Recently, I’ve overheard a lot of discussion around my water cooler concerning how to get little girls interested enough in science and math to pursue careers in those fields. There has been a lot of media attention on the issue lately: CNN Money published an article titled, “Why secretary is still the top job for women,” The Big Bang Theory aired an episode where the characters chair a committee to encourage women in science, and the science journal Nature ran an article highlighting the achievements of four women who are both scientists and mothers and have managed to juggle both. All the recent media attention spurred a myriad of suggestions from my coworkers on how to fix this problem. I heard all the standard responses: science toys should be marketed to girls as well as boys, girls need better role models, and girls need to be reminded they aren’t naturally bad at math and can do anything. As the only scientist and engineer of the group, they all naturally expected me to nod my head and agree with all these ideas. I didn’t. I don’t necessarily disagree either, but I’ve seen the attempts at fulfilling these suggestions and have concluded: if this is how we’re approaching this problem, we’re doomed.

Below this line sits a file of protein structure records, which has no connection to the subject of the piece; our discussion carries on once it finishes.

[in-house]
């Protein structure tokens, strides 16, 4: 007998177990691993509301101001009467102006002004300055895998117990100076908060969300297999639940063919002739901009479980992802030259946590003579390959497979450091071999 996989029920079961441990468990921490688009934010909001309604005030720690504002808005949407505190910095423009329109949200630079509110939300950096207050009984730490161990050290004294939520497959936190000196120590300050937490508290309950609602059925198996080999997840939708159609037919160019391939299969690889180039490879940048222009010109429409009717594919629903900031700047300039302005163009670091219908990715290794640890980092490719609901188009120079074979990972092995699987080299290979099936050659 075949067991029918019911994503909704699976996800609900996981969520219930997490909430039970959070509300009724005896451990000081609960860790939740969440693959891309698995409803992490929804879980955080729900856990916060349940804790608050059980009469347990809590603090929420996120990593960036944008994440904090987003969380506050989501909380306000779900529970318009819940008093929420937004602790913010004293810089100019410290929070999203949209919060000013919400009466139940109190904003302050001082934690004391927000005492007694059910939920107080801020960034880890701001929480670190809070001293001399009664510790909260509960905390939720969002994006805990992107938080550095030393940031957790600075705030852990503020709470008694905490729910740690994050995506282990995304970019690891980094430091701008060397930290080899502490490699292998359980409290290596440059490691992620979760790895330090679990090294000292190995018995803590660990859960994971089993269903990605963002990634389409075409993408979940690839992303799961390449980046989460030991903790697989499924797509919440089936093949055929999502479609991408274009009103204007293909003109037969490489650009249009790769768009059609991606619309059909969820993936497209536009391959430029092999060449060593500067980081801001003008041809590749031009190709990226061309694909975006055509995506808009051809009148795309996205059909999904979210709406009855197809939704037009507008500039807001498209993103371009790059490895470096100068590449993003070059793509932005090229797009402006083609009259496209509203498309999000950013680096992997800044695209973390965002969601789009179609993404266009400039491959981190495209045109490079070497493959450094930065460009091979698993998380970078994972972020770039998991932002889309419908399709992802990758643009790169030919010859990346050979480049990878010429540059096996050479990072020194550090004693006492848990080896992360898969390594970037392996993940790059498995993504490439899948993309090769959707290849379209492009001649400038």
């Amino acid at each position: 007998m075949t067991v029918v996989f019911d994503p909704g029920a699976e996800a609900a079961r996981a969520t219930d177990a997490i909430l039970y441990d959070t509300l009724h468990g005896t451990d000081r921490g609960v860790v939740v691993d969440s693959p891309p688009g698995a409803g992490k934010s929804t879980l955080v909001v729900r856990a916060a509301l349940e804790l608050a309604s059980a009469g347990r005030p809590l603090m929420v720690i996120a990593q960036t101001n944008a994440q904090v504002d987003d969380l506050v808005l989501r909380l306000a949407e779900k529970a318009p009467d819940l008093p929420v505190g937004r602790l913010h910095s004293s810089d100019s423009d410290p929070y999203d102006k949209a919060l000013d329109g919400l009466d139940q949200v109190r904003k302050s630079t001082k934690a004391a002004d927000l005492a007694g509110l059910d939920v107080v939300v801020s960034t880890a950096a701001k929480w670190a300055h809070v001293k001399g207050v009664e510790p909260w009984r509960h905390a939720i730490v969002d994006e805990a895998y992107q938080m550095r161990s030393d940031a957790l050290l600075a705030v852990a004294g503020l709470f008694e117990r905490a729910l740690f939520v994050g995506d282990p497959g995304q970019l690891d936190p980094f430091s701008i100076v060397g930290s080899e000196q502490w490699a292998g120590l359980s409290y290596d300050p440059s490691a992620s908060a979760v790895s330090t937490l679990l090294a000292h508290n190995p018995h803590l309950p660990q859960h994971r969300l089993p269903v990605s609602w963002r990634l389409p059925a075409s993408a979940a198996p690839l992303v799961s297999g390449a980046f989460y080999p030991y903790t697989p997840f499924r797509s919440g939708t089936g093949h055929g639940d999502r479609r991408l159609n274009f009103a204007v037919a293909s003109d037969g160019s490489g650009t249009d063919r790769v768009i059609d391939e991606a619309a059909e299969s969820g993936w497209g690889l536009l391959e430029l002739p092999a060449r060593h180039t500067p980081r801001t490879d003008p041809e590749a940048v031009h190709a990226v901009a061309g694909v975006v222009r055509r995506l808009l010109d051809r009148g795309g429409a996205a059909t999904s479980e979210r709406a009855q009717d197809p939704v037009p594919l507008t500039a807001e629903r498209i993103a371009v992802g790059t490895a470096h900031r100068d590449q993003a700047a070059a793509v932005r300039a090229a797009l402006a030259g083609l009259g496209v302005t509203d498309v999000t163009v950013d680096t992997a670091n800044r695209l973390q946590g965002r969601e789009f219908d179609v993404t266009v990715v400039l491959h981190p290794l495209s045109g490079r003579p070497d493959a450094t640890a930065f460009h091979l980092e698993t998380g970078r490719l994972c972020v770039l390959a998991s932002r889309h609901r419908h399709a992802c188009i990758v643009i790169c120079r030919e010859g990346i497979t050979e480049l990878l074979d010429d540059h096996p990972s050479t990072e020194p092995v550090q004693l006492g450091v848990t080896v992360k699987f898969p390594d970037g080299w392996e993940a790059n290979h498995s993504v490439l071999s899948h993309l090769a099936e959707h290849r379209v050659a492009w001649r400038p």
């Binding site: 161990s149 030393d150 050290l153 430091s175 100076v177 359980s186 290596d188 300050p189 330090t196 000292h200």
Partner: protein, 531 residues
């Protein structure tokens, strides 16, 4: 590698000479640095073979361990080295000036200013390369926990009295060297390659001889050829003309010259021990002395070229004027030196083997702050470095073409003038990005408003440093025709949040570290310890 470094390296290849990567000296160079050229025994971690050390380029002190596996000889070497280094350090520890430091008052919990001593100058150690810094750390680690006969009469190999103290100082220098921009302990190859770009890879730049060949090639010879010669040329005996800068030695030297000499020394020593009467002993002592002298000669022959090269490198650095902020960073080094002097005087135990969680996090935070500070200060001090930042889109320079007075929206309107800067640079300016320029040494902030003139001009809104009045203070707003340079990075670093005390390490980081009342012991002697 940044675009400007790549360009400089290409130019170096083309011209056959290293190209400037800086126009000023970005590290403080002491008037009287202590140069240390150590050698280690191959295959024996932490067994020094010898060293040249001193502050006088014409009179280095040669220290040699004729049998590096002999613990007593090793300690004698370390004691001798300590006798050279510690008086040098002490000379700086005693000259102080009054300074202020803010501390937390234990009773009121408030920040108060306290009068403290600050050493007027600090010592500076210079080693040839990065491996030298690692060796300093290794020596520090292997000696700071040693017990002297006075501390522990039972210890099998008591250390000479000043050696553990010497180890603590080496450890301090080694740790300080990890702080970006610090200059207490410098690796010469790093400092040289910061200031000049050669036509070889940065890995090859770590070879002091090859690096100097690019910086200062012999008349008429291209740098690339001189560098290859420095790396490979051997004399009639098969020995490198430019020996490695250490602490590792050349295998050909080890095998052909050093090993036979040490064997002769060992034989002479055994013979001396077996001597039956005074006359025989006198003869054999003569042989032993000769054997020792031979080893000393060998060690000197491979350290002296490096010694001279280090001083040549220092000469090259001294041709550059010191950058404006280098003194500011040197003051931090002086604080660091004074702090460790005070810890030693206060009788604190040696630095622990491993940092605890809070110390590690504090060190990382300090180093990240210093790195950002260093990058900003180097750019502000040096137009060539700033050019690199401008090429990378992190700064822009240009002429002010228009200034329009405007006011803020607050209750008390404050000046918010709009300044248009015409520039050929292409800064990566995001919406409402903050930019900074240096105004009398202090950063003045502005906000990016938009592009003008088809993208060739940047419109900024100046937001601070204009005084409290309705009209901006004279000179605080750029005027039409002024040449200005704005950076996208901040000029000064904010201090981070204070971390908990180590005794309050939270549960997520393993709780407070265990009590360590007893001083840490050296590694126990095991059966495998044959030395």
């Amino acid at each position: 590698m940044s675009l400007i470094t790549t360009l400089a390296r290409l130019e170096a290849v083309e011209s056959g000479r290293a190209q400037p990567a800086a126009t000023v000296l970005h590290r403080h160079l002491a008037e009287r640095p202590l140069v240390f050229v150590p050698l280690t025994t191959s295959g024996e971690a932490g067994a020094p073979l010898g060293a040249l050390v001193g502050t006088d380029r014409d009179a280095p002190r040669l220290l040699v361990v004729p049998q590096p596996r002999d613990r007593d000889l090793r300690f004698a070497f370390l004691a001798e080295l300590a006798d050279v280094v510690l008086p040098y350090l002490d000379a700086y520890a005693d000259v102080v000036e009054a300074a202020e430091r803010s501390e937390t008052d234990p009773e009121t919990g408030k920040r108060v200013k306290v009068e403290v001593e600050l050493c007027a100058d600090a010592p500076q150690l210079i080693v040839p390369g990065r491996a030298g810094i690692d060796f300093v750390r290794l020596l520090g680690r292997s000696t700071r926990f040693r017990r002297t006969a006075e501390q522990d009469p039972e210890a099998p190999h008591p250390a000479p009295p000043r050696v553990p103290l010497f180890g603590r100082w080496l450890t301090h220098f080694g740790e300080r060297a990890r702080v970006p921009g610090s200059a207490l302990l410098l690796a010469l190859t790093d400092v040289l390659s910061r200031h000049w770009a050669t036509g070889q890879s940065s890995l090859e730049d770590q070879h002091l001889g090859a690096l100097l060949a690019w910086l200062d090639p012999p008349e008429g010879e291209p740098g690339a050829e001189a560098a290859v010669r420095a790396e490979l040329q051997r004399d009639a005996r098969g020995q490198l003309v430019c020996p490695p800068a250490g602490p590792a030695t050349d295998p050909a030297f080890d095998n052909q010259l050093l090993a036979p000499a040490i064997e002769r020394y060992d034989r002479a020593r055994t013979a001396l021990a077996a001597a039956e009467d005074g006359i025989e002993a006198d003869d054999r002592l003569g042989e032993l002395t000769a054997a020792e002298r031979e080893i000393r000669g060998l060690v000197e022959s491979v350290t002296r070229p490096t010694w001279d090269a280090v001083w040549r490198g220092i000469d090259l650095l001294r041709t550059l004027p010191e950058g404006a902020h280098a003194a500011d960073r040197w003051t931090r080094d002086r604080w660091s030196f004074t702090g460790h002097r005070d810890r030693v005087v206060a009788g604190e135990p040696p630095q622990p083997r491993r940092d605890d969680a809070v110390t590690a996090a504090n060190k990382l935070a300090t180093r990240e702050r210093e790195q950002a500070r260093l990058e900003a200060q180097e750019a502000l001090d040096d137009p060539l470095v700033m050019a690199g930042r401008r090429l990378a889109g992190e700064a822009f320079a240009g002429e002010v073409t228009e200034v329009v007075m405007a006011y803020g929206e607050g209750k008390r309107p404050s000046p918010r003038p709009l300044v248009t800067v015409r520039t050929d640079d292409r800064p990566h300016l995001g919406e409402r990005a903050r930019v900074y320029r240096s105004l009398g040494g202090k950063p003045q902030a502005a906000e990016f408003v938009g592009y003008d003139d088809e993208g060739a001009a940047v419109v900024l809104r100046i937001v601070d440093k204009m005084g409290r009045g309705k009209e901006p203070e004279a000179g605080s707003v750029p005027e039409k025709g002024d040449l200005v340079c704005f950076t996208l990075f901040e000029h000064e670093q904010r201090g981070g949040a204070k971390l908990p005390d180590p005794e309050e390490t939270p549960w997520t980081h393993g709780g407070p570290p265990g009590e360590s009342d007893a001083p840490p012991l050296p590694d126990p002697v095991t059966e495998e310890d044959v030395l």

I absolutely think science toys should be accessible to girls, and not only because I want to buy all of them for myself. But I’m fairly dubious today’s manufacturing giants can do that in a way that isn’t… 1) insulting, 2) condescending, and 3) utter nonsense. Take, for example, the new ePad Femme and the girls Lego line. These “female friendly” gadgets just make me want to catch girls as they run screaming from the toy store and remind them that science can, in fact, be fun and cool. Companies would be much better off toning down the marketing they’re doing to target boys directly, focus more on marketing those same products to a mixed gender group, and quit sprinkling everything with fairy dust, adding a kitten to the label and thinking they’ve completed a successful marketing campaign. As an added bonus they would only end up having to market one product instead of two separate products. Do I think girls need to have played with techie toys to eventually pursue science as a career? No way. I didn’t have any of that. I had just as many Barbies and My Little Ponies as I had Legos (the old school versions that were… blocks). I never had a chemistry set. And most of my extracurricular activities focused on crafts and the arts, not robotics and model rockets. In the end, the toys I played with didn’t factor one iota into my higher education decision. Of course, I play with rockets now, but that’s definitely the subject of another article.